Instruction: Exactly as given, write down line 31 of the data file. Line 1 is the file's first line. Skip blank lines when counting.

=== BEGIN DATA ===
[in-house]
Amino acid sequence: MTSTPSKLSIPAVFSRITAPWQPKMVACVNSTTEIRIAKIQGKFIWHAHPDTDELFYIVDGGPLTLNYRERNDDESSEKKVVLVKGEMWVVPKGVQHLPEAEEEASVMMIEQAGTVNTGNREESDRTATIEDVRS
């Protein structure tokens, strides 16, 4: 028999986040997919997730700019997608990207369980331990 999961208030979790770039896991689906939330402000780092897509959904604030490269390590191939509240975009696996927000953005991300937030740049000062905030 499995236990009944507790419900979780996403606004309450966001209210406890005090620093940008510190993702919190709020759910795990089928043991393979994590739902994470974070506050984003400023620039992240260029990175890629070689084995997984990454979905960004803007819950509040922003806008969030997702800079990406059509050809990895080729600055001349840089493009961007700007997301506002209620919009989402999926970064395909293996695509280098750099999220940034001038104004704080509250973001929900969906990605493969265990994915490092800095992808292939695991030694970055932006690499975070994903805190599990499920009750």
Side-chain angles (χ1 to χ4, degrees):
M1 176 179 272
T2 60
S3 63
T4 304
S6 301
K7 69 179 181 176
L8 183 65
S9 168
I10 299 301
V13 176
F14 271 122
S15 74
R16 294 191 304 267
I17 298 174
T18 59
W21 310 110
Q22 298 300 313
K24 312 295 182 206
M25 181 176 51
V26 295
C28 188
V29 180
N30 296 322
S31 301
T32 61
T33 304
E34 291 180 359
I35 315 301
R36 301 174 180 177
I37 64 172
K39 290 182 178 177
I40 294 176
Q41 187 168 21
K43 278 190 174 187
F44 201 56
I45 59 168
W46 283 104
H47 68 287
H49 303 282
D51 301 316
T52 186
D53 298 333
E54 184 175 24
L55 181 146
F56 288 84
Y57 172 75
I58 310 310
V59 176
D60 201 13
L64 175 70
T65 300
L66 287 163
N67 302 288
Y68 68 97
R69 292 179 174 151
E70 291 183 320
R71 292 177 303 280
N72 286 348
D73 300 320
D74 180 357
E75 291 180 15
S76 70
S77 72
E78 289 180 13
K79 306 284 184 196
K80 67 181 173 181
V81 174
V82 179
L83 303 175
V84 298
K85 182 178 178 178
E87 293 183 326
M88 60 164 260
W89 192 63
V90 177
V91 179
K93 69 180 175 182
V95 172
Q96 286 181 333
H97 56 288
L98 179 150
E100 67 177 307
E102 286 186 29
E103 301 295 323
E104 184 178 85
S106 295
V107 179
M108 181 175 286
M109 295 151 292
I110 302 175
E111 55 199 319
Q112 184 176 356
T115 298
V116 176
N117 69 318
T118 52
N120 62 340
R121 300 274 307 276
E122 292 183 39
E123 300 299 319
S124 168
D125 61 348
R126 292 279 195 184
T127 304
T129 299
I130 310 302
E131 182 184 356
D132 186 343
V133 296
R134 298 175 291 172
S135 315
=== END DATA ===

E34 291 180 359